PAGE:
Maryland Zika Update: 85 Cases
According to the CDC’s report from September 1st, there are 16,610 confirmed Zika cases in the U.S, including 2,698 cases in the continental U.S. and 13,888 cases in the U.S. territories of Puerto Rico, the U.S. Virgin Islands and American Samoa and 85 in Maryland. In addition, late July marked the first time Zika began spreading locally in 2 neighborhoods of Miami, Florida.
Time to panic?
“Certainly not. But it is time to become prepared and learn more,” according to Dr. Michael Freedman of Evolve Direct Primary Care. Dr. Anthony Fauci, director of the National Institute of Allergy and Infectious Diseases put it this way: “I’m not an alarmist…but the more we learn…the more we look around and say this is very serious.“
Risk in Maryland?
At this time, all 85 cases of Zika found in Maryland have been related to travel–there has been no person to person spread. “The Asian tiger mosquito, which is common in Maryland, can spread the virus; and there is a risk of Zika being imported into Maryland through international travel and being spread by local mosquitoes.” In addition, according to the Maryland Dept of Agriculture, the Asian Tiger Mosquito has become the primary pest species in Maryland.
“The level of alarm is extremely high, as is the level of uncertainty.” —Margaret Chan, WHO’s director-general.
According to the CDC, if you are diagnosed with Zika, it is very important that you protect yourself from further mosquito bites to avoid infecting a new mosquito who will then infect a new person and perpetuating the cycle (see right).
Symptoms of Zika
Around 80% of people infected with the Zika virus have either mild symptoms or no symptoms at all. The primary symptoms to look for are:
- Fever over 101 F
- Eye pain and redness (conjunctivitis)
- Joint pain (often smaller joints of hands and feet)
If you develop a fever, rash, joint or muscle pain, or red eyes, you should be seen by a doctor. To schedule with Evolve Direct Primary Care, click here.
In addition to microcephaly, the paralyzing condition called Guillane-Barre has been diagnosed in a growing number of Zika patients. And The New England Journal of Medicine reports that the Zika virus may be associated with acute disseminated encephalomyelitis (ADEM), an inflammation of the brain and spinal cord.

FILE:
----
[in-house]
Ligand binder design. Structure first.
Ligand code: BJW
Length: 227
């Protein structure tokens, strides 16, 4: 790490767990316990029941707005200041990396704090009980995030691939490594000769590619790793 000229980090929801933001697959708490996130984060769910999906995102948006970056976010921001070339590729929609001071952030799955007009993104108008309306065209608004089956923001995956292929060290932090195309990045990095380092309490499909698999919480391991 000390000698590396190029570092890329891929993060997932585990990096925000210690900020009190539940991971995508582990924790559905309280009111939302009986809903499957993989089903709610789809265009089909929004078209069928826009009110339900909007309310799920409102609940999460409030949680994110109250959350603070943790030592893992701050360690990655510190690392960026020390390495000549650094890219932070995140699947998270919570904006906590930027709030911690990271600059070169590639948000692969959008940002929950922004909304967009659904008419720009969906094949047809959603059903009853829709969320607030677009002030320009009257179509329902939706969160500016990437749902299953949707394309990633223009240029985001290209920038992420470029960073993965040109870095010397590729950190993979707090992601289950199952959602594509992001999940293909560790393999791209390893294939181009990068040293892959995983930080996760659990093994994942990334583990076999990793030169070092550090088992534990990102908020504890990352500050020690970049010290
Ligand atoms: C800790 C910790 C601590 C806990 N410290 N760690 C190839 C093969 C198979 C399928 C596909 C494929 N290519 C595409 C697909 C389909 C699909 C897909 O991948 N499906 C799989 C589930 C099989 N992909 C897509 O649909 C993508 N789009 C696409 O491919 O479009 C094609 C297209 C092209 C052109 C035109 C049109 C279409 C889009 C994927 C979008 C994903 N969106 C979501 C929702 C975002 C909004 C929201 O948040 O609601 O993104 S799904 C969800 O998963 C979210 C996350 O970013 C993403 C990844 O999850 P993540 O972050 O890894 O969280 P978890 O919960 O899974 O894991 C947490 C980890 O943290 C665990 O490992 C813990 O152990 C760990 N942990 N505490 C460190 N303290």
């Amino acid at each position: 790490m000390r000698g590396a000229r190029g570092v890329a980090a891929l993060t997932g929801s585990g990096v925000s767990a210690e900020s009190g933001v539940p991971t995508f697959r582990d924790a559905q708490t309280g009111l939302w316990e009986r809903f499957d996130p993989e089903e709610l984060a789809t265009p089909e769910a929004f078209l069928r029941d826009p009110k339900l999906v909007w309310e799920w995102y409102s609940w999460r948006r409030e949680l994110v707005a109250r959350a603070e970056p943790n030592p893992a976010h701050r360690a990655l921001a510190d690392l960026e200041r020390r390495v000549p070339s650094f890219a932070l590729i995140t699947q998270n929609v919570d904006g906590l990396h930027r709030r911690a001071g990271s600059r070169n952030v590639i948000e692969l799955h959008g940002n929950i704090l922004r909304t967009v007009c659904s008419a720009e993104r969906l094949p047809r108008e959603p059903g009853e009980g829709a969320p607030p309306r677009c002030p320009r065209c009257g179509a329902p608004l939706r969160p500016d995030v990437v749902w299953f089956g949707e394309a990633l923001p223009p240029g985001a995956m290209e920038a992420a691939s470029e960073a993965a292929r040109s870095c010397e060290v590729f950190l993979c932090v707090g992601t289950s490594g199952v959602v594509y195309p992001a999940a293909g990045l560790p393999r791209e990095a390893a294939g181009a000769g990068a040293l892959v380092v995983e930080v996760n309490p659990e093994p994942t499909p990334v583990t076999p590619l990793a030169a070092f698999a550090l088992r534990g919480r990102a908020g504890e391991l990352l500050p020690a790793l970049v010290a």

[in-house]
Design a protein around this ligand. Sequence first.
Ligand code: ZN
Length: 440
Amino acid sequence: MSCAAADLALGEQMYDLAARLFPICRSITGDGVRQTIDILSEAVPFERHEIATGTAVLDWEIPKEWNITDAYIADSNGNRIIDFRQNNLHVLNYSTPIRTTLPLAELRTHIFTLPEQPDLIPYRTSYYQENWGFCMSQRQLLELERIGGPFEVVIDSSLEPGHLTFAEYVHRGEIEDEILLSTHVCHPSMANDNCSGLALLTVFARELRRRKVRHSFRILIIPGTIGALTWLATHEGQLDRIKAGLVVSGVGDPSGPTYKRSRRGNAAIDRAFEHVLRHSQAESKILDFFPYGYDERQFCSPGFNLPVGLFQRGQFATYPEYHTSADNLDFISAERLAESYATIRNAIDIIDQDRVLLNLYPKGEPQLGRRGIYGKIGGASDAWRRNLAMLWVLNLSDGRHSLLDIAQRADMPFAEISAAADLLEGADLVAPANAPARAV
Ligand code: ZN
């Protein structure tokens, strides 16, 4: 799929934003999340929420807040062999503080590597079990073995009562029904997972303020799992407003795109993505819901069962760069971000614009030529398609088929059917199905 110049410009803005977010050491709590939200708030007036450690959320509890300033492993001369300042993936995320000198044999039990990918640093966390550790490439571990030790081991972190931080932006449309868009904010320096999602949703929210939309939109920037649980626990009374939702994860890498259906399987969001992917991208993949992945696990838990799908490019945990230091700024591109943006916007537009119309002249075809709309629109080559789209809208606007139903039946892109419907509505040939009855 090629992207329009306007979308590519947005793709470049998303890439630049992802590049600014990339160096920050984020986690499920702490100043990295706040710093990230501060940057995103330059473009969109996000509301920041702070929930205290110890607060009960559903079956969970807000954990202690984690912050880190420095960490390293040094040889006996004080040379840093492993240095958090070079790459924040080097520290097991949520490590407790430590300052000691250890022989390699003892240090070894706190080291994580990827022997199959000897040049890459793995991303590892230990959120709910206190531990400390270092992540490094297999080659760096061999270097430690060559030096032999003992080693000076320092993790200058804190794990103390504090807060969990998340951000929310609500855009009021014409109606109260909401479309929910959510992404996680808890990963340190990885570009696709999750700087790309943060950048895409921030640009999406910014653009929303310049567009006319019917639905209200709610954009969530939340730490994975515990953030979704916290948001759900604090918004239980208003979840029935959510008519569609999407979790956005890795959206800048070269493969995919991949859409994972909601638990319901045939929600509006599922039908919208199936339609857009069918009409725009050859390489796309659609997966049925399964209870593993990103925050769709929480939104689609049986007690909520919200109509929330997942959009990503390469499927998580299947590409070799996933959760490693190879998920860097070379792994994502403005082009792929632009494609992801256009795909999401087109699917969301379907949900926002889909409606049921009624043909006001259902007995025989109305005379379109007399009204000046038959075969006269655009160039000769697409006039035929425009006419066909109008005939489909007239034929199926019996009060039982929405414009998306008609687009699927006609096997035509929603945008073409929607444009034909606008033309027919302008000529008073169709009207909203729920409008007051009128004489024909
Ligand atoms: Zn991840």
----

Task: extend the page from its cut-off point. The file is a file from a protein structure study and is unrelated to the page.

How to Prevent the Spread of Zika
Step one in prevention is to educate yourself–and your family and friends. Reading and share this and/or similar articles is important.
The CDC recommends the following measures to prevent Zika and mosquito-born illnesses:
- Before mosquito seasons
- Mosquito education campaigns
- Remove and dispose of any water holding containers
- Cover, dump, modify or treat large water-holding containers with long-lasting larvicide.
- Reduce adult mosquito resting sites by keeping vegetation trimmed and tall grass cut
- During mosquito season
- Educate friends/neighbors: During the first week of illness, an infected person can infect mosquitoes, triggering local outbreak
- Educate friends/neighbors to constantly get rid of water holding containers outside
- Educate friends/neighbors about reported cases of disease and urge them to use:
- Insect repellents
- Window and door screens to prevent mosquitoes from entering the house
- Air conditioning
- Adult mosquito control
- Don’t forget to treat storm drains, roof gutters, etc
As a community
- Organize clean-up campaigns
- Target disposable containers, including large junk objects that accumulate water (broken washing machines, refrigerators, toilets) in buildings, public areas, etc.
“The elimination of the breeding containers for tiger mosquitoes is largely the responsibility of the individual to conduct thorough and repeated efforts to remove or drain all such containers on his/her property. On an individual basis, this is not a large task. The original cleanup of containers on a residential area should take no more than a few hours and periodic maintenance to keep each yard free of breeding containers will require a minimal time investment by individual residents.”—The Maryland Department of Agriculture.
If you do become ill and have any doubt, get seen by a physician immediately. If you can’t be seen right away, Evolve Direct Primary Care is happy to see you same day by scheduling on-line here or calling 844-322-4222.
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